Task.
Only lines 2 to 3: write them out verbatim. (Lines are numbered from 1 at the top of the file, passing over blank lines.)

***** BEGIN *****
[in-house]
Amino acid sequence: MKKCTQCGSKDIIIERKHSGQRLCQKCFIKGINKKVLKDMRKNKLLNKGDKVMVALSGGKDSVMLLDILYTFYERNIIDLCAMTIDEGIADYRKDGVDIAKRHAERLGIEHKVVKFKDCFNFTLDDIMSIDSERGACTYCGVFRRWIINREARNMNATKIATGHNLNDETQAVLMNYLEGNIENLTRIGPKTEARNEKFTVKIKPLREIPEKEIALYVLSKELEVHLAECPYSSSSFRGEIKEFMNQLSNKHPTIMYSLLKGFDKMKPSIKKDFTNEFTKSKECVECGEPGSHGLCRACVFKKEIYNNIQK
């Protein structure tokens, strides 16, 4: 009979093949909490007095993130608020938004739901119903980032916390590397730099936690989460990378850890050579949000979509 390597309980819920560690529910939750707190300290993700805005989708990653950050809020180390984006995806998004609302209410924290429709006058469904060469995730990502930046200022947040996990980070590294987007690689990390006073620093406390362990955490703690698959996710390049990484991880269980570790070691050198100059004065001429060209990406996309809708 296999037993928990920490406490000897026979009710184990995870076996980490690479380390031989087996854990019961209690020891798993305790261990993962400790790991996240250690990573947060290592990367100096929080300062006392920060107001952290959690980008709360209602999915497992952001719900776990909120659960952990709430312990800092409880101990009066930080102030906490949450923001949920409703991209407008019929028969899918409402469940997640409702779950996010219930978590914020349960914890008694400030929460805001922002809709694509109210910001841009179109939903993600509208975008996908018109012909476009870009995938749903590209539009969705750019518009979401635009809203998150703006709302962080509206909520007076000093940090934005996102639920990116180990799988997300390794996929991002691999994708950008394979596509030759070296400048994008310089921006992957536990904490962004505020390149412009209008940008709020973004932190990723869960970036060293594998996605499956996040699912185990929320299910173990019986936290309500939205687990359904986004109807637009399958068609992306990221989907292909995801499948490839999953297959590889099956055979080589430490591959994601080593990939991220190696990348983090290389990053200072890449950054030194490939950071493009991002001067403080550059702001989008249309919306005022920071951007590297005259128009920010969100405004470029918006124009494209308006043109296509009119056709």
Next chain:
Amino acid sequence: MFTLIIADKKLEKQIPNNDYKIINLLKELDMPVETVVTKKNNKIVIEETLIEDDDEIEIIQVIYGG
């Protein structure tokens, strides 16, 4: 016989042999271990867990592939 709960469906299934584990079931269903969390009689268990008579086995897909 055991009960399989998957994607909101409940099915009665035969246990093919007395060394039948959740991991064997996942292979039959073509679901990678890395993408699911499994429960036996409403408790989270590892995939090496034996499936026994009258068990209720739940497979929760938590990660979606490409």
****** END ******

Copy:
Amino acid sequence: MKKCTQCGSKDIIIERKHSGQRLCQKCFIKGINKKVLKDMRKNKLLNKGDKVMVALSGGKDSVMLLDILYTFYERNIIDLCAMTIDEGIADYRKDGVDIAKRHAERLGIEHKVVKFKDCFNFTLDDIMSIDSERGACTYCGVFRRWIINREARNMNATKIATGHNLNDETQAVLMNYLEGNIENLTRIGPKTEARNEKFTVKIKPLREIPEKEIALYVLSKELEVHLAECPYSSSSFRGEIKEFMNQLSNKHPTIMYSLLKGFDKMKPSIKKDFTNEFTKSKECVECGEPGSHGLCRACVFKKEIYNNIQK
């Protein structure tokens, strides 16, 4: 009979093949909490007095993130608020938004739901119903980032916390590397730099936690989460990378850890050579949000979509 390597309980819920560690529910939750707190300290993700805005989708990653950050809020180390984006995806998004609302209410924290429709006058469904060469995730990502930046200022947040996990980070590294987007690689990390006073620093406390362990955490703690698959996710390049990484991880269980570790070691050198100059004065001429060209990406996309809708 296999037993928990920490406490000897026979009710184990995870076996980490690479380390031989087996854990019961209690020891798993305790261990993962400790790991996240250690990573947060290592990367100096929080300062006392920060107001952290959690980008709360209602999915497992952001719900776990909120659960952990709430312990800092409880101990009066930080102030906490949450923001949920409703991209407008019929028969899918409402469940997640409702779950996010219930978590914020349960914890008694400030929460805001922002809709694509109210910001841009179109939903993600509208975008996908018109012909476009870009995938749903590209539009969705750019518009979401635009809203998150703006709302962080509206909520007076000093940090934005996102639920990116180990799988997300390794996929991002691999994708950008394979596509030759070296400048994008310089921006992957536990904490962004505020390149412009209008940008709020973004932190990723869960970036060293594998996605499956996040699912185990929320299910173990019986936290309500939205687990359904986004109807637009399958068609992306990221989907292909995801499948490839999953297959590889099956055979080589430490591959994601080593990939991220190696990348983090290389990053200072890449950054030194490939950071493009991002001067403080550059702001989008249309919306005022920071951007590297005259128009920010969100405004470029918006124009494209308006043109296509009119056709």